It is next to impossible to find some accommodation during the peak season. So, book in advance. (This might be outdated, since there are MANY guesthouses in Kudle Beach these days.)
At the beaches
The village north of Gokarna is still mystifying tourists looking for an undiscovered piece of paradise in India. The seemingly innocent but skilled villagers -the Gowdas - are exploiting for years the charm of the place, renting basic rooms in a bucolic environment. Many of these rooms actually have been built with the money of the weed business or also sometimes by taking advantage of a generous and candid foreigner. There are still a very few friendly owners but most of them are converted into the new Gokarna business religion. In the most part of the places along the beach, you are exposed to hate your neighbors after a few days, since a maximum of tourists are packed in very small surface. If you like socializing with locals, staying in the village itself may be a disappointing experience. You'll be maintained in a kind of endless quarantine and people will hardly remember your name even after weeks or months. Don't expect any privacy : you are like a fish in an aquarium ; everybody can watch you ! And talk about you. If you have the feeling, you're looked at you on a positive or negative way, it is because the owner of your rooms has reported something, you said or did. Any information about you is automatically shared among the villagers. So be careful with what you say, don't trust even the man, you consider as your best friend - there is no kind of friendship between locals and foreigners, only business and a lot of lies as a corollary - and never help anyone, because you'll be misunderstood and you'll perpetuate an existing habit of profit! Moreover people will probably joke about you. Lies and gossips are the poison of this place, if you're a long term stayer. Copying in that the Brahmins, they forget more and more the basic respect every year. Actually, the further you stay, the better are the relationships with people. To find a house in the surroundings of Gokarna is definitely more authentic and friendly !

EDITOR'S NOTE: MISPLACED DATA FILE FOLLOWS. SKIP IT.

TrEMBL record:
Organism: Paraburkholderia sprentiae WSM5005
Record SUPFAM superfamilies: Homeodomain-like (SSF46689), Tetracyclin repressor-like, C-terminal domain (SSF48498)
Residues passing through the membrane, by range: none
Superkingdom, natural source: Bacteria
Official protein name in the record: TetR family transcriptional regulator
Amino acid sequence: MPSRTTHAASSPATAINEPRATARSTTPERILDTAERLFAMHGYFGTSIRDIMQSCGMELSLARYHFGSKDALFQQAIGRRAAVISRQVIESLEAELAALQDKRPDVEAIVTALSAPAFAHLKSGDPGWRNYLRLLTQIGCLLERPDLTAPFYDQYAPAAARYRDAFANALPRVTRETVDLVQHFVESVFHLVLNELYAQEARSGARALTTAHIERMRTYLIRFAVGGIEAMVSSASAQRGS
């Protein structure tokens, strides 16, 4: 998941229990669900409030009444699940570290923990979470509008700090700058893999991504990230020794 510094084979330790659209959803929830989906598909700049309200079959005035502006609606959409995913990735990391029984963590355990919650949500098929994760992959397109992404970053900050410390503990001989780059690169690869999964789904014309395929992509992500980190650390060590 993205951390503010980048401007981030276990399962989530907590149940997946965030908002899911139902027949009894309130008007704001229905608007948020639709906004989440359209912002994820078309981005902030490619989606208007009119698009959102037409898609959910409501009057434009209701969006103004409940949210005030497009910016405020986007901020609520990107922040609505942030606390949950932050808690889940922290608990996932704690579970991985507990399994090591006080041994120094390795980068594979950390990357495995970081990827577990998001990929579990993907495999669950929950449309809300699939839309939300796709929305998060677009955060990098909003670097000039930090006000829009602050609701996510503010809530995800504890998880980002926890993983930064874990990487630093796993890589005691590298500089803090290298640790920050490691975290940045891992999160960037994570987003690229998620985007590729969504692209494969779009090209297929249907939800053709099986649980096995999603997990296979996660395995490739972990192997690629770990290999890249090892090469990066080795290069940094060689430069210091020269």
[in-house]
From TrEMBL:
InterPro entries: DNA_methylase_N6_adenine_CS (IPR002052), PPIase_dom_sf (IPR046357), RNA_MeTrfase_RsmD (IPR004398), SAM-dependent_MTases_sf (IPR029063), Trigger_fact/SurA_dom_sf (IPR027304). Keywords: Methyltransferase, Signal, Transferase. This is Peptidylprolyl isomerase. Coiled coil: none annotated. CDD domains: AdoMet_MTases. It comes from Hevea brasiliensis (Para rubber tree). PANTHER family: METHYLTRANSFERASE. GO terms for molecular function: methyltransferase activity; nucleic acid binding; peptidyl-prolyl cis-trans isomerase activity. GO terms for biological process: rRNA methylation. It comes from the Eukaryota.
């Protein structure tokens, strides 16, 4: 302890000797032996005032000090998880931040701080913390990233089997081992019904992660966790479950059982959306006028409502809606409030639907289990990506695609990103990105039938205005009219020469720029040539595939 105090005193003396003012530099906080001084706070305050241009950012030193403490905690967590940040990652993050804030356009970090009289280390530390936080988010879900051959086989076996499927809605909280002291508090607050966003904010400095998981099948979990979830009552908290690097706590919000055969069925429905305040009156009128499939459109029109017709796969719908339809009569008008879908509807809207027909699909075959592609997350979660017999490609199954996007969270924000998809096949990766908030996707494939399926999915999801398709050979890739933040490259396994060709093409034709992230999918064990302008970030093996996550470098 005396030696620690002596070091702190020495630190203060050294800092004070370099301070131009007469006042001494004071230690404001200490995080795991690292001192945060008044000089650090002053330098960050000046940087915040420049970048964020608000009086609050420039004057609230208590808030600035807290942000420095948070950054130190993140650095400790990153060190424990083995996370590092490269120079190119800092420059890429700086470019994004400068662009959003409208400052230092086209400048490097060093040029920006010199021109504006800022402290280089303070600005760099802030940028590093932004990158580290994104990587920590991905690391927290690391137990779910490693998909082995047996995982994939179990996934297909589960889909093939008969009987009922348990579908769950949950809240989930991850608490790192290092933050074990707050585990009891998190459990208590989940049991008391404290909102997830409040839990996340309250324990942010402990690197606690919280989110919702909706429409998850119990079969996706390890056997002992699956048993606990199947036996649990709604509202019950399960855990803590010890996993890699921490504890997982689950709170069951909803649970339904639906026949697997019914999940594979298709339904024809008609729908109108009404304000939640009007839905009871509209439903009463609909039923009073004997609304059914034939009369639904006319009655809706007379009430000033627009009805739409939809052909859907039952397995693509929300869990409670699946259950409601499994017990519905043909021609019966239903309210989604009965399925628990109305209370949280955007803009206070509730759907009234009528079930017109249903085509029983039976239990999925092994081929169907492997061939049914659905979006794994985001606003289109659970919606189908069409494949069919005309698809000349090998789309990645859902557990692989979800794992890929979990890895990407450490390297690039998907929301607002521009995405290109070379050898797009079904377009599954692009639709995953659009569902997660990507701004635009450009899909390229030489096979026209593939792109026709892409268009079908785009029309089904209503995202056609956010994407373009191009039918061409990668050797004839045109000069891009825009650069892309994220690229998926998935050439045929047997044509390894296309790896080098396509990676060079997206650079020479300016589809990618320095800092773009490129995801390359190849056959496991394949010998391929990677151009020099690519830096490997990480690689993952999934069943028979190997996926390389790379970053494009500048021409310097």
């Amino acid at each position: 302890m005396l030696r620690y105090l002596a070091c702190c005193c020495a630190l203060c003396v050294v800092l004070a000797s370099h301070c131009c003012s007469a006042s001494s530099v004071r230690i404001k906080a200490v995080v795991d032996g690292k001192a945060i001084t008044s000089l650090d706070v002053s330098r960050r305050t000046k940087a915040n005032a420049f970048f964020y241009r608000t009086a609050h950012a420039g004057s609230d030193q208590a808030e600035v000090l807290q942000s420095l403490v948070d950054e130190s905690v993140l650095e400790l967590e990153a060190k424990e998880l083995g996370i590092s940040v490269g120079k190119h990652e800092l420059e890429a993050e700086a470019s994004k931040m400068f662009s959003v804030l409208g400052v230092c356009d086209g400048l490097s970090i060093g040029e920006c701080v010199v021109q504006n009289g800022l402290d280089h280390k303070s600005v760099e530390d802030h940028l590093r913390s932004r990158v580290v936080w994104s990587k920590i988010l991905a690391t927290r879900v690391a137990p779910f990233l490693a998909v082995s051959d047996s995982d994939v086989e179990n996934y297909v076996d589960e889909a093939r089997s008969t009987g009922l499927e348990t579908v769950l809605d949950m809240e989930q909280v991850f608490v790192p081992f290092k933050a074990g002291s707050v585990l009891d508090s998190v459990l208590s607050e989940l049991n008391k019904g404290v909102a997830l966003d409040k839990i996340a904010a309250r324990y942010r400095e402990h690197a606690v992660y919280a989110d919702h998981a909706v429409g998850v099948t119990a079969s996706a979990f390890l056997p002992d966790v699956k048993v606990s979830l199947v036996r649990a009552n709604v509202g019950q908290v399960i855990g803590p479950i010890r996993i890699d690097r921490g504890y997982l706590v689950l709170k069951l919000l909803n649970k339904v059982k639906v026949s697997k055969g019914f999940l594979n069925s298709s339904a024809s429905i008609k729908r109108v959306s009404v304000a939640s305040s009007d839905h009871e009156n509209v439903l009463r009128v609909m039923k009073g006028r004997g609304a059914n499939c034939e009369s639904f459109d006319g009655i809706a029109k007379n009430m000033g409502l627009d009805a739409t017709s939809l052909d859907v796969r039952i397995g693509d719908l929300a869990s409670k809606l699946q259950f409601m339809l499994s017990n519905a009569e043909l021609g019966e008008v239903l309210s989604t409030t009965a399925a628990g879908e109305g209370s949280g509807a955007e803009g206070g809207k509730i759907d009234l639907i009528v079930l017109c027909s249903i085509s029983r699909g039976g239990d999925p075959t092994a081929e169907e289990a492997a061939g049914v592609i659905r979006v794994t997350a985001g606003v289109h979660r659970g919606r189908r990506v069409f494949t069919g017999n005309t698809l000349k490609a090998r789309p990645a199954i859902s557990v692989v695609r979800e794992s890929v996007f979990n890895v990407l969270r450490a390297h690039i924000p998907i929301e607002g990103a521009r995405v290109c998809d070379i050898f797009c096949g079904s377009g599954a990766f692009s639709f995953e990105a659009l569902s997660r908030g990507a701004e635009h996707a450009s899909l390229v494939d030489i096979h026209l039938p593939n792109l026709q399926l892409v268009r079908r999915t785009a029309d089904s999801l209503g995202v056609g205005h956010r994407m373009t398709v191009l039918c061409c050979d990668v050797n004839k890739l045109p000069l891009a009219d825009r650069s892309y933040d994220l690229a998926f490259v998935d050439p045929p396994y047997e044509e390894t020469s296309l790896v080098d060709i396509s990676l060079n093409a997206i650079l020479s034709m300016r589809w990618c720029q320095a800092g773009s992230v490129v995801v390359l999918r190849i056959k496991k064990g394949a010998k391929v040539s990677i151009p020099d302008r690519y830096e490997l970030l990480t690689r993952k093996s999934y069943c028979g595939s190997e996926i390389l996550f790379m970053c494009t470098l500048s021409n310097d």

Gokarna is a pilgrimage town : so try to remain quiet and respectful of local traditions, ask permission (and remove your footwear) before entering a temple, as anywhere else in the country. Some people are not so receptive to the high religiosity of the place : the main temple has already been robbed recently despite the cameras and the police booth inside ! Actually, outside of the main street (ratha bidi or car street) and the water tank area (kothitheerta), very few people are vegeterian and absolutely nobody among the farmers. These are even eating turtles and their eggs, when they come to lay on the beach. So, feel free to eat what you want !